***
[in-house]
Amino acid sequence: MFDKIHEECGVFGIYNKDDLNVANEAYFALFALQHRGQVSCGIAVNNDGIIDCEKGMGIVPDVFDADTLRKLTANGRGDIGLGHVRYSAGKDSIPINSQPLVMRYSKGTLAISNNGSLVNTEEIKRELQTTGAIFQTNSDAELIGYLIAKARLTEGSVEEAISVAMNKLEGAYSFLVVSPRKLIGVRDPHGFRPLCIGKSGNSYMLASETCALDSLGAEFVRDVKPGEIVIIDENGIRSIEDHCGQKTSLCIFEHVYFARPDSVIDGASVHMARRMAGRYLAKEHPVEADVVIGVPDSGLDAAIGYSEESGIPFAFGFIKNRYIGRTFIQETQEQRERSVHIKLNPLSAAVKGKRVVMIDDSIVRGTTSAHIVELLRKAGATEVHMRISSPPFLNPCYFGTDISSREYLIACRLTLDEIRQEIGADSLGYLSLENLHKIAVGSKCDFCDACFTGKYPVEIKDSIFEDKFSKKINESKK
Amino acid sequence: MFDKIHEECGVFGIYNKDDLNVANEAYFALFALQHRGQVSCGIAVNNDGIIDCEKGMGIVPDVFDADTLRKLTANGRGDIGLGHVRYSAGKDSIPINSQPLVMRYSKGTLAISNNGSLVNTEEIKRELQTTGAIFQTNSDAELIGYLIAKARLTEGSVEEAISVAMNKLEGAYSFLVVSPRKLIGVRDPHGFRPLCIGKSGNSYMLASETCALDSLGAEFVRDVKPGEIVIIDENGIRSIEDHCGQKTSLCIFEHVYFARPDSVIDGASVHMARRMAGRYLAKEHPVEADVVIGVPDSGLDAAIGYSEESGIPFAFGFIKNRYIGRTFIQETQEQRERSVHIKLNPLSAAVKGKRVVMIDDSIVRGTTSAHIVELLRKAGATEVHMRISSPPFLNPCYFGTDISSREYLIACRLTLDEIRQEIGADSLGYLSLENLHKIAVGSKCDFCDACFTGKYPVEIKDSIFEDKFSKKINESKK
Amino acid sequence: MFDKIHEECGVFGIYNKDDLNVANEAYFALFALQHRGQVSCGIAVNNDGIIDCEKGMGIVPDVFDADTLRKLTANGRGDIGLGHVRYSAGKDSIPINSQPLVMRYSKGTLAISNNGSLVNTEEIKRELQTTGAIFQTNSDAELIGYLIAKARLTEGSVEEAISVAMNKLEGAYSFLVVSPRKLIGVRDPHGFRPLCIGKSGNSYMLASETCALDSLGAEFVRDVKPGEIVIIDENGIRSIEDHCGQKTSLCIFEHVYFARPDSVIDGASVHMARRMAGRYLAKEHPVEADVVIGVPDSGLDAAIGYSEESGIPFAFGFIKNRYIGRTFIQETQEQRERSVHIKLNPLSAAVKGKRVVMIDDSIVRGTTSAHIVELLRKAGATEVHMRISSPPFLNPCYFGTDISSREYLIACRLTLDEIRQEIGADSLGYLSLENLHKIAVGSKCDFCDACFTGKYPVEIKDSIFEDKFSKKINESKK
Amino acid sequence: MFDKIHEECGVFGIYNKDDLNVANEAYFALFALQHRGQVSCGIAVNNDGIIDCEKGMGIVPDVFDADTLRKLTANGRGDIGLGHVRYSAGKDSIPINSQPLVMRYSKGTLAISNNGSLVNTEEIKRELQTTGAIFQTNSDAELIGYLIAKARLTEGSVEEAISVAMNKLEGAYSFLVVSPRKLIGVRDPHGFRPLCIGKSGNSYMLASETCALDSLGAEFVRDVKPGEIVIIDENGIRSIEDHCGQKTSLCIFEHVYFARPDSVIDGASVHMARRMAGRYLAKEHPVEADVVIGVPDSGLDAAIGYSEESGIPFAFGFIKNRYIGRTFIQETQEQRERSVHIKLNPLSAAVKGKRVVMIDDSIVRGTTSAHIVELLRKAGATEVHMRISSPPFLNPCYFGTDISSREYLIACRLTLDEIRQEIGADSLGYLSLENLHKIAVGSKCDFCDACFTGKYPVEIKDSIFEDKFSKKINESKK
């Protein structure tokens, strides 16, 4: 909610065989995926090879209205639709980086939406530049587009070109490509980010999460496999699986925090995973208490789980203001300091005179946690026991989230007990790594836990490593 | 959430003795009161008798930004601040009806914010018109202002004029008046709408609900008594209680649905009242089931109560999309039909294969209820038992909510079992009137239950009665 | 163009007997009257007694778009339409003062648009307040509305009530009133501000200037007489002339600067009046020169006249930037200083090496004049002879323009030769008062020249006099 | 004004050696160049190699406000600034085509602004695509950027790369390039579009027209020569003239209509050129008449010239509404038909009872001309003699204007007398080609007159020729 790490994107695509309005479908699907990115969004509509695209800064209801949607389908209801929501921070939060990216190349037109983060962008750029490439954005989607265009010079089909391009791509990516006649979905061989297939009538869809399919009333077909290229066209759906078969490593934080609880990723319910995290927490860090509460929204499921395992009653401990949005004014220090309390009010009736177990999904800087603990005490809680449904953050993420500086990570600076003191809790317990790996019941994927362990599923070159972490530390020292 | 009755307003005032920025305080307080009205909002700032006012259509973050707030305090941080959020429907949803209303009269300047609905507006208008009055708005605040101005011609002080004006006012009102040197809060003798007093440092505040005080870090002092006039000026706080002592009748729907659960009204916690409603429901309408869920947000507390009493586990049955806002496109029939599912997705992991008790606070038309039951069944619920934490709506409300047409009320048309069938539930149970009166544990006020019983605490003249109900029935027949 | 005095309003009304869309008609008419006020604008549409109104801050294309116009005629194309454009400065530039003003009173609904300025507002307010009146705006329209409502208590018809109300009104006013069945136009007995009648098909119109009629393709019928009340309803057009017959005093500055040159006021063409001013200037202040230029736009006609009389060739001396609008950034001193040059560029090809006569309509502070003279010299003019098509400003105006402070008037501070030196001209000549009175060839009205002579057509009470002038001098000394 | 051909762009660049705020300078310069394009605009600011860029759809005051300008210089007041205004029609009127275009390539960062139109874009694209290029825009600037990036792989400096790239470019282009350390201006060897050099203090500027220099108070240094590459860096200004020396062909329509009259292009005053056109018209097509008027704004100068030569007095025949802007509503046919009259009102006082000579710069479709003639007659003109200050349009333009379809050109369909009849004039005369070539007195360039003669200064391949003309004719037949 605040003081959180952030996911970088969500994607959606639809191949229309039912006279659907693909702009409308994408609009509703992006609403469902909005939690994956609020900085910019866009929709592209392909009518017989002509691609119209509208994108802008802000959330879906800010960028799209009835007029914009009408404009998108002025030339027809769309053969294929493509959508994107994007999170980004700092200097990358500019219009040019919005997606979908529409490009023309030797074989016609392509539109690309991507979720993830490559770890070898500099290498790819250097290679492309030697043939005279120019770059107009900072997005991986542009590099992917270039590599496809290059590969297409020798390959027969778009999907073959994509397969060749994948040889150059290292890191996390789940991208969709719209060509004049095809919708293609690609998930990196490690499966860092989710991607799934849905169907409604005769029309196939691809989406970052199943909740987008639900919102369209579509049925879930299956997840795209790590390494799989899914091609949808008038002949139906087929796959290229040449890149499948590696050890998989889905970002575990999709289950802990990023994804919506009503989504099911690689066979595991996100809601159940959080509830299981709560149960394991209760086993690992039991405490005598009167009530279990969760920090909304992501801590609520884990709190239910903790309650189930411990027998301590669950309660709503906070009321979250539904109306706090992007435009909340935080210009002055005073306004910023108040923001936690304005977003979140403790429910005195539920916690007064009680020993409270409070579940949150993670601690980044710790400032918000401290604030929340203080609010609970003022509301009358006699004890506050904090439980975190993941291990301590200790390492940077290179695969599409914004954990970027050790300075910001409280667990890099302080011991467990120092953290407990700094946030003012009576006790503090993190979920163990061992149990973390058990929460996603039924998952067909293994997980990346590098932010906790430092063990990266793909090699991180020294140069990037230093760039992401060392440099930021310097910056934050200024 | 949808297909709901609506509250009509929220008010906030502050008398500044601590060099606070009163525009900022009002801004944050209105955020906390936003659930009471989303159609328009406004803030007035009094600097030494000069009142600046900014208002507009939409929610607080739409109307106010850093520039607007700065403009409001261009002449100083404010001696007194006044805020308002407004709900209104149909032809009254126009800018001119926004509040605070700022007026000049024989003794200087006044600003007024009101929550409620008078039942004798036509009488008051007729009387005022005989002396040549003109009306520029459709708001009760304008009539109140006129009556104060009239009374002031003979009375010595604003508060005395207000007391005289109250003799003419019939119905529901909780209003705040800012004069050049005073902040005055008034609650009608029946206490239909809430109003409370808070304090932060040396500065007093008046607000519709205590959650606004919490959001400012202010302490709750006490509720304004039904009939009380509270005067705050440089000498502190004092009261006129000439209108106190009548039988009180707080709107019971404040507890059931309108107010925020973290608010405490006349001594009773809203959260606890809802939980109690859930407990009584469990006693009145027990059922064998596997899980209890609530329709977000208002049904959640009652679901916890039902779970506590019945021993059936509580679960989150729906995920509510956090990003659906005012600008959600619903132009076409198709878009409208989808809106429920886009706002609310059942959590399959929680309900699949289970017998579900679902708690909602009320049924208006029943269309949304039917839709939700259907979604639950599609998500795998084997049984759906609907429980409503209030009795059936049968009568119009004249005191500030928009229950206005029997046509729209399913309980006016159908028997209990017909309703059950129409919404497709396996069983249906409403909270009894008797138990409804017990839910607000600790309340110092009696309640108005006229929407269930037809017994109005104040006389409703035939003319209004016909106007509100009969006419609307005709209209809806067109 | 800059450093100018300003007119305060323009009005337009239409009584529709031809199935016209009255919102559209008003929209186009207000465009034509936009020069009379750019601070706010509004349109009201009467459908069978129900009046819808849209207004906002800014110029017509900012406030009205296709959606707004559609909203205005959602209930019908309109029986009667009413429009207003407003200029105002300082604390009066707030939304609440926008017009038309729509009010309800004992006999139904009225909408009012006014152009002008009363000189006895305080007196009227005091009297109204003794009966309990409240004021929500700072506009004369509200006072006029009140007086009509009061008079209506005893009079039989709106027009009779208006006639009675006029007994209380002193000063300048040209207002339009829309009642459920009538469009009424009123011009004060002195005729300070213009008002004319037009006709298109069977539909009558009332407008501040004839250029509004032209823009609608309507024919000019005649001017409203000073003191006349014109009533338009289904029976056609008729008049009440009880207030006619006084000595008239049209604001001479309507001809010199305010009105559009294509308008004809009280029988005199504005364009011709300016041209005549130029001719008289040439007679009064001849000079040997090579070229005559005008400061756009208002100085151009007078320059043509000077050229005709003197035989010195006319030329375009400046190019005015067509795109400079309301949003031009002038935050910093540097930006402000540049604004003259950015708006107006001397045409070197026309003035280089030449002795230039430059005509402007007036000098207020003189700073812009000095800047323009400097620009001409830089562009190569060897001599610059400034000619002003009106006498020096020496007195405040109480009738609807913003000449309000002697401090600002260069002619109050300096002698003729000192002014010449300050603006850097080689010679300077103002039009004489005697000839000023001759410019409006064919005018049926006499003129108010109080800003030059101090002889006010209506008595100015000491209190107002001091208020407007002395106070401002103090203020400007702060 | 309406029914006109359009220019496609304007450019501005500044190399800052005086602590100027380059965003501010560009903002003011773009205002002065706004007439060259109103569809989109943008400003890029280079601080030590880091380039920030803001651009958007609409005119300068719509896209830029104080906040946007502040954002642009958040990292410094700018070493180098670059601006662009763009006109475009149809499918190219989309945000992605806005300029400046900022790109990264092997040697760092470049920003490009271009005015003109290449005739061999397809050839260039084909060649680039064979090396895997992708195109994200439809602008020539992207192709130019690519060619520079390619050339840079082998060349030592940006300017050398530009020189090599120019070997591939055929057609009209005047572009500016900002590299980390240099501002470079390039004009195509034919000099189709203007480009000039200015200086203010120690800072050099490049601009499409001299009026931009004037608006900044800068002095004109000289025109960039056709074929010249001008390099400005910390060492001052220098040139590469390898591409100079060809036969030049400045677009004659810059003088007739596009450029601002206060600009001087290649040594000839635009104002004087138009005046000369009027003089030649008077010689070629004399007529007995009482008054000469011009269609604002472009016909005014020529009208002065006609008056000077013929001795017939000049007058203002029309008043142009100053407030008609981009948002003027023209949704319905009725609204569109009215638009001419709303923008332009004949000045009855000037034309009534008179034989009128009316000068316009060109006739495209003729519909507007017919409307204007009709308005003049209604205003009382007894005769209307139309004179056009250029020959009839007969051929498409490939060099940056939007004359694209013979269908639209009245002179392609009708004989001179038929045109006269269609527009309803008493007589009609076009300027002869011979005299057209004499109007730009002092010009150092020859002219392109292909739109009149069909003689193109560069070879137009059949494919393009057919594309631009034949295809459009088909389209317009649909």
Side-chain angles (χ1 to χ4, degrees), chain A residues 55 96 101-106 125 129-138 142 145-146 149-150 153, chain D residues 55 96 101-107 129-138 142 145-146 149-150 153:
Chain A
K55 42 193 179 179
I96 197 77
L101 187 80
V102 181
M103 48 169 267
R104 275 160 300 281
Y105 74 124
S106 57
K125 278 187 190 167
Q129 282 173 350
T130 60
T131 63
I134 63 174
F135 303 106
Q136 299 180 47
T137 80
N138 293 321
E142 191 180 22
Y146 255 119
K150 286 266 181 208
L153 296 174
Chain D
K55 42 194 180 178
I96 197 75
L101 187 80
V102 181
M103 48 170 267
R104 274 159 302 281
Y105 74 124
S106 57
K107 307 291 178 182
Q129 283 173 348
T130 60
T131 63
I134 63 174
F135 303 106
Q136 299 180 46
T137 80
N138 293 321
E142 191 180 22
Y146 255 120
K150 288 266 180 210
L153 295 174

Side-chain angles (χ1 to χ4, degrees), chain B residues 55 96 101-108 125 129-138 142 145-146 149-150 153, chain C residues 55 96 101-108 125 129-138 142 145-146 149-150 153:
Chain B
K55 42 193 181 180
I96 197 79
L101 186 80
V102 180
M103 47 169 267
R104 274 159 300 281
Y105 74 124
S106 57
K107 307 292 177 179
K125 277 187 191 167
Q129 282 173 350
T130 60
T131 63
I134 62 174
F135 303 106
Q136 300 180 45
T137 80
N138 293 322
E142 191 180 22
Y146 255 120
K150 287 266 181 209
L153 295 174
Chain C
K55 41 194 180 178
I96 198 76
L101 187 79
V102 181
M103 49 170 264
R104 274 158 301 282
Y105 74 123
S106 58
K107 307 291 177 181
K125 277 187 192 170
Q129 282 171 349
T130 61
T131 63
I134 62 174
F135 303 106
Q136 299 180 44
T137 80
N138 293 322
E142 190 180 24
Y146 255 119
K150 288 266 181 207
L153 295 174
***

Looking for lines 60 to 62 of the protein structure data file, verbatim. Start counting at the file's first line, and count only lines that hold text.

Y105 74 124
S106 57
K107 307 292 177 179